Cosponsored and held at local museums, these workshop are targeted to 4-12 teachers interested in meeting Common Core ELA and Math standards while engaging students in active learning.
The morning will be spent on Visual Thinking Strategies, a technique that uses teacher-facilitated discussions of art images to train students in “key behaviors sought by Common Core Standards: thinking skills that become habitual and transfer from lesson to lesson, oral and written language literacy, visual literacy, and collaborative interactions among peers.” (VTShome.org)
In the afternoon, participants will be introduced to ready-to-use cross-disciplinary lesson plans from the Montana Historical Society, including lessons inspired by Charles M. Russell’s art, a primary-source based exploration of homesteading, and a lesson that engages students in collecting and analyzing survey data to learn change over time.
Attendees at all the workshops will leave with a Teaching Charlie Russell packet that includes fifteen prints, PowerPoints, and grade-specific art-, ELA-, and social studies-themed lesson plans as well as information on how to access all of the Montana Historical Society’s free primary-source based lessons. 
The workshops are free but space is limited. 6 OPI Renewal Units available. 
Learn more, view the agendas, and find the links to register here. 

This is the first time we've tried something like this--so please help us spread the word. Questions? Don't hesitate to contact me.

Thursday, February 18, 2016

Using Primary Sources with Elementary Students

The post "Kindergarten Historians: Primary Sources in an Early Elementary Classroom" reminded me that, when done right, primary sources can be powerful tools to bring history alive in early elementary classrooms.

The caveat, of course, is "done right." The Library of Congress's TPS Quarterly offers a list of hints for choosing appropriate sources for elementary students here.

We have a few lesson plans aimed at younger students (K-3) on our website. Linda Oesterle, who attended our weeklong, NEH-funded workshop on mining, "The Richest Hills," in 2011, created the kindergarten lesson plan "Long Ago and Today," in which students examine photographs of the past and present to compare today and long ago. (See more lesson plans created by Richest Hills scholars here and learn more about NEH summer workshops for teachers here--deadline to apply is March 1.)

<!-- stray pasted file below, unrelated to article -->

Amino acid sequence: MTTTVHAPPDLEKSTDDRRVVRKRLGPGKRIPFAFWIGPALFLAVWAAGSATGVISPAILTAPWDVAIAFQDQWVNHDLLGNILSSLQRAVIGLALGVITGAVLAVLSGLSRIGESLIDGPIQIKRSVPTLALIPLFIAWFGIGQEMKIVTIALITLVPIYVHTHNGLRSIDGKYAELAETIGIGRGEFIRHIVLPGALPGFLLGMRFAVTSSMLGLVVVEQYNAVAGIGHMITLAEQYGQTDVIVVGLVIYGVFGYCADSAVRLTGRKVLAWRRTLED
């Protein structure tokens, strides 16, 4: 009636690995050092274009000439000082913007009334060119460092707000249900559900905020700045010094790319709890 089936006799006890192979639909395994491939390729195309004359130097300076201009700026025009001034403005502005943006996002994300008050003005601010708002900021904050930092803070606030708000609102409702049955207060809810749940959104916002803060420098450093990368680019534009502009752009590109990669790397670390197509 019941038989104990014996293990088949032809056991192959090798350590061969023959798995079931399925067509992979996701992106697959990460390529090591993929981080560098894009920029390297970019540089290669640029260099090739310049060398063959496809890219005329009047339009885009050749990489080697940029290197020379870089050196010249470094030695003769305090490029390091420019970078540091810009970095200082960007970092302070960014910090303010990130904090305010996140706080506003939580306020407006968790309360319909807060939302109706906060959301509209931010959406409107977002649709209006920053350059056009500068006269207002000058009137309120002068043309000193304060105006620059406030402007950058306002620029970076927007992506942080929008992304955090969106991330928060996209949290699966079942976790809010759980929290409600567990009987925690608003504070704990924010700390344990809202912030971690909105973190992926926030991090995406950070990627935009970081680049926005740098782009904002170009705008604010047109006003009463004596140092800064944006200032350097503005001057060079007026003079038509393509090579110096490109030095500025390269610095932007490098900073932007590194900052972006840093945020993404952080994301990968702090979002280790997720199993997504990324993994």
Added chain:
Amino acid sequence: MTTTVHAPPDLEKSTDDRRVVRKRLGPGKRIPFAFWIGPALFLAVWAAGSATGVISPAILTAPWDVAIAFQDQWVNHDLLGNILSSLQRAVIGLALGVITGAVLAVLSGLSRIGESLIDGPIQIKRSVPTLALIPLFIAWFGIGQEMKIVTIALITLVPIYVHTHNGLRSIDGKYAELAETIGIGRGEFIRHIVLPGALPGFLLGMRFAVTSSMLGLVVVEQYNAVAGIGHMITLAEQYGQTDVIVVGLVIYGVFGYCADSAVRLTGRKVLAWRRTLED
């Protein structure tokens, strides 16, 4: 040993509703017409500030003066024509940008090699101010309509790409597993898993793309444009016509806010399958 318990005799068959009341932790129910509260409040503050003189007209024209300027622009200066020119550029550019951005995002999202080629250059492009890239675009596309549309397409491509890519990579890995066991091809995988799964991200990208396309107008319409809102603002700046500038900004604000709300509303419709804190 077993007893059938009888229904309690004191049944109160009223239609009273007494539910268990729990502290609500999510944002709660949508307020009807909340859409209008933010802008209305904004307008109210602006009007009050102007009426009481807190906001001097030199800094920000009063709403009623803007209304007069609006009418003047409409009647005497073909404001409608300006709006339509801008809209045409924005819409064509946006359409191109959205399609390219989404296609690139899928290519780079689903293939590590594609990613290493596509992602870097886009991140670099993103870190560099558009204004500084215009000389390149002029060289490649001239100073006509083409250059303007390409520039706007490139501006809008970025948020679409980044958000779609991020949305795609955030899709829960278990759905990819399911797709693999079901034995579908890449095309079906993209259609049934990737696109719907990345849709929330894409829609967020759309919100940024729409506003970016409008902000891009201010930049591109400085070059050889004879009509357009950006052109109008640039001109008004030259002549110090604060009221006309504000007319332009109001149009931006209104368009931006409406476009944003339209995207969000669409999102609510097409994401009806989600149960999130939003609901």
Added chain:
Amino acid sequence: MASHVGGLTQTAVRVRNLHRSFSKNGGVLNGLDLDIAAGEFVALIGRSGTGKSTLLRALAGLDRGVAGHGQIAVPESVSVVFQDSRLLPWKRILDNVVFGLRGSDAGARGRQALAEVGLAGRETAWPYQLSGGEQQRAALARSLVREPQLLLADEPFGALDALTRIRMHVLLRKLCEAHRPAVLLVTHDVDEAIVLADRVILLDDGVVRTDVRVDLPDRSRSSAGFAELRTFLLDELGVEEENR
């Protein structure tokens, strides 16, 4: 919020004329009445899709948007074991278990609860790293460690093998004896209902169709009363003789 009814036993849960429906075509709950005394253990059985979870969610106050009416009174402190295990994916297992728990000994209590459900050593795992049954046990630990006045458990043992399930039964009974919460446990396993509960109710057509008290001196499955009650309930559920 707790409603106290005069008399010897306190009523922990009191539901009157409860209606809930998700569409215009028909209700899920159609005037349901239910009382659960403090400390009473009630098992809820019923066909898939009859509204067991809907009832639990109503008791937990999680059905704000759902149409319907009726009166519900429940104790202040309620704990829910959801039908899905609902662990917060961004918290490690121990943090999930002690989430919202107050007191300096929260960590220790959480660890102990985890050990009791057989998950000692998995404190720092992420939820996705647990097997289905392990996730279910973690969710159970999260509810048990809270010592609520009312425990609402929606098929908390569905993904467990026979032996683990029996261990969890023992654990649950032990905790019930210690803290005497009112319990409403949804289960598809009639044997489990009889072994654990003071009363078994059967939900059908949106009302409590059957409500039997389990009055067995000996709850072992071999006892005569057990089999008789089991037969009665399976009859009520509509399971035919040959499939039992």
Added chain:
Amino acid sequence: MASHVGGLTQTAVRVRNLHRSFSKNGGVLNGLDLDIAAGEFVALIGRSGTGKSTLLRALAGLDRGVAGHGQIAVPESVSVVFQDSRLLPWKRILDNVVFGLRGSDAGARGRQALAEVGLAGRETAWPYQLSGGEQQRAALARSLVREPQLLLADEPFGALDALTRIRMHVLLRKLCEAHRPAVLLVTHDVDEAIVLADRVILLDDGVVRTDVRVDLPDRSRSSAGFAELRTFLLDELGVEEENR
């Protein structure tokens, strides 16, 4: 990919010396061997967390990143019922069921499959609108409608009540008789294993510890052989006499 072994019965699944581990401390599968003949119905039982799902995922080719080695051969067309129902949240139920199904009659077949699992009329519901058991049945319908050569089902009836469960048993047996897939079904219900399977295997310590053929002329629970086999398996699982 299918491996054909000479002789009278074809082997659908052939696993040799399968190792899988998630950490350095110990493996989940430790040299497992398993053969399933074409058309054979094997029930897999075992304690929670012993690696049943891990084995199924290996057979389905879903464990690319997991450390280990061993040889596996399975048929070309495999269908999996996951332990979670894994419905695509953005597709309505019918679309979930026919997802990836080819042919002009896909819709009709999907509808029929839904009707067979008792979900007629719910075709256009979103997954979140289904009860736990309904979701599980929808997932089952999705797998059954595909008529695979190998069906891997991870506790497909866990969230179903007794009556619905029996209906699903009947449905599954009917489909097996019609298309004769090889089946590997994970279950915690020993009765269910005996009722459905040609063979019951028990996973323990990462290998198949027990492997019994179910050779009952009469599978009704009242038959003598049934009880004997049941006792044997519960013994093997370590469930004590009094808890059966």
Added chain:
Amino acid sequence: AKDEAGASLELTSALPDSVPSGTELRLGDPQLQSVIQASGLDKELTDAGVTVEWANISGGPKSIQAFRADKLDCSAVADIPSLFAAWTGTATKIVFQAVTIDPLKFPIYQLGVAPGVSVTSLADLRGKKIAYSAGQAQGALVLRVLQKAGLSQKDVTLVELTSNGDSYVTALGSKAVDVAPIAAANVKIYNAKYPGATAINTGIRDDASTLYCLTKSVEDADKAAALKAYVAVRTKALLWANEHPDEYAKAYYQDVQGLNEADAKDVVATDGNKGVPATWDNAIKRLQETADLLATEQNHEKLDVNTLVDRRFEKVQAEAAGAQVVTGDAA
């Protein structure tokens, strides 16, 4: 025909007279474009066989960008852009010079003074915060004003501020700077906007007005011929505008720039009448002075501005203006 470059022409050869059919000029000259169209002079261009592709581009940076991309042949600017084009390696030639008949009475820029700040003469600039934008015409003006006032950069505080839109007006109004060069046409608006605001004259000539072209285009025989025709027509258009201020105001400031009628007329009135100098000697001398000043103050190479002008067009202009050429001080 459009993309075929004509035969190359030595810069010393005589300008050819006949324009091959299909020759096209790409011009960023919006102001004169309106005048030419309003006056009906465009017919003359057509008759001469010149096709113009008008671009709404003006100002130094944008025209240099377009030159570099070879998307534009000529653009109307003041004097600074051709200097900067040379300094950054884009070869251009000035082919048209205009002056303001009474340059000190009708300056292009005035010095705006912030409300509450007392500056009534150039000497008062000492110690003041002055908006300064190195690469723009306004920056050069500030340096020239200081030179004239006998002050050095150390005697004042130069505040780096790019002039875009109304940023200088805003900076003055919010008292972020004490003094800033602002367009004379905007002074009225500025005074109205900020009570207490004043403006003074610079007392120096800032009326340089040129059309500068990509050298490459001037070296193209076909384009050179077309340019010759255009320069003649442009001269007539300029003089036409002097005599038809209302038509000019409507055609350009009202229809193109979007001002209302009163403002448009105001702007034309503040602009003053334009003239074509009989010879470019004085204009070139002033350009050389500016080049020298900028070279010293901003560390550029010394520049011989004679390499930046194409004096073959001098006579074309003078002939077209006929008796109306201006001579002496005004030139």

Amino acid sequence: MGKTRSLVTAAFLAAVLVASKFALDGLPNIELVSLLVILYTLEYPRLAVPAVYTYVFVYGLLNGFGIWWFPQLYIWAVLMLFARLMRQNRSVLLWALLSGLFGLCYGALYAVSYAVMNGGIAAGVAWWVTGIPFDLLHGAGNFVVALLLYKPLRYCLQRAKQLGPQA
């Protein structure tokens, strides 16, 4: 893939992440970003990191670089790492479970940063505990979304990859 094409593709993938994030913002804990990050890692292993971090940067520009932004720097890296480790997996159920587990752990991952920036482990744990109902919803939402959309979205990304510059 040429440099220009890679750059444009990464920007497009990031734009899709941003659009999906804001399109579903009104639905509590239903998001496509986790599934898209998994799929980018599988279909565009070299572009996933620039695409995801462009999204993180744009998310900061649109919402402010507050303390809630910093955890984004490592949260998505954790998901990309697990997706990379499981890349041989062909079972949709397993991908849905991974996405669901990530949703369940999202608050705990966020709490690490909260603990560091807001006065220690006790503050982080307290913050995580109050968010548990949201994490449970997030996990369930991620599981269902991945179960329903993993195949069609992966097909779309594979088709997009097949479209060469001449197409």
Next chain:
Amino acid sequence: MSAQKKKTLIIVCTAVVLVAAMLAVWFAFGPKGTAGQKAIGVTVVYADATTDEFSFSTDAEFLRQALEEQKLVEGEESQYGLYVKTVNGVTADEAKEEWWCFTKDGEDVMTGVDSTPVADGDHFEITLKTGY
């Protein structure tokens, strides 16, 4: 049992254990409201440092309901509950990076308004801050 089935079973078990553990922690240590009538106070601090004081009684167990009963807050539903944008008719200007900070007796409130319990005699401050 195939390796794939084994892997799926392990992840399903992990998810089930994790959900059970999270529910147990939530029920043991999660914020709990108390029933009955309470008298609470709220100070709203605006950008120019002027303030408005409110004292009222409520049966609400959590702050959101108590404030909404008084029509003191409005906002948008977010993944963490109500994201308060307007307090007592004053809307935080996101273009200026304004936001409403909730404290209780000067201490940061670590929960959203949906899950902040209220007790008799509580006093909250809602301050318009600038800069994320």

"The Art of Storytelling: Plains Indian Perspectives" includes art/IEFA lesson plans on winter counts and ledger art for grades K-3 and 4-6 (and 7-12, too). Packets with these lesson plans were sent to every Montana public school library in 2012--and are also available on our website.

Montana's Charlie Russell also includes lessons for all ages. Particularly, we've heard rave reviews from a Bozeman first grade teacher about her students' response to "An Artist's Journey: Transform Paintings to Poetry." (This packet was also sent to all Montana public school libraries and is also available to download from our website--but we also have copies to send to interested classroom teachers. So if you want one send a request (along with your snail mail address) to mhseducation@mt.gov.

Although they are designed for fourth grade, I know several 1st-3rd grade teachers who use of our hands-on history footlockers. Focusing on a range of topics, footlockers are filled with reproductions of clothing, tools, everyday objects, maps, and photographs. They are available to Montana educators for two weeks at a time. No rental fee is charged for the use of footlockers. However, schools are responsible for the cost of shipping the footlocker to the next venue.

K-3 teachers: Do you use primary sources in your classroom? If you have tips (or cautions), send them along and I'll share them!

P.S. Billings librarian Ruth Ferris just alerted me to an app that lets converts a picture of sheet music (for example, from the Library of Congress's sheet music collection) into something your Ipad can recognize and play (though not perfectly). This seems to me as if it could be a great tool to help your students "time travel"--and has potential for both elementary and upper grades.  More here.

Monday, February 15, 2016

Deadlines for Summer Workshops Are Fast Approaching

I've already posted information about the NEH Summer Workshops (application deadline March 1), but I've been remiss in not not let folks know about the Gilder Lehrman Teacher Seminars. Only full-time K–12 teachers and librarians from schools in their Affiliate School Program may apply for Teacher Seminars but, no worries: if your school is not an Affiliate School, you will be directed to a combined application form--and becoming an affiliate is free.

Gilder Lehrman is a little less generous than NEH--while NEH offers $1,200 to cover expenses, Gilder Lehrman offers a $400 travel reimbursement. But their courses look great. How I would love to spend a week at Dartmouth studying Native American history with Colin Calloway, author of Parading through History: The Making of the Crow Nation and One Vast Winter Count: The Native American West Before Lewis and Clark.  Closer to home is "Lewis and Clark: An American Epic," at UM, with the incomparable Elliott West. (Honestly, Elliott is astounding.) Applications are due February 29, 2016. Apply now!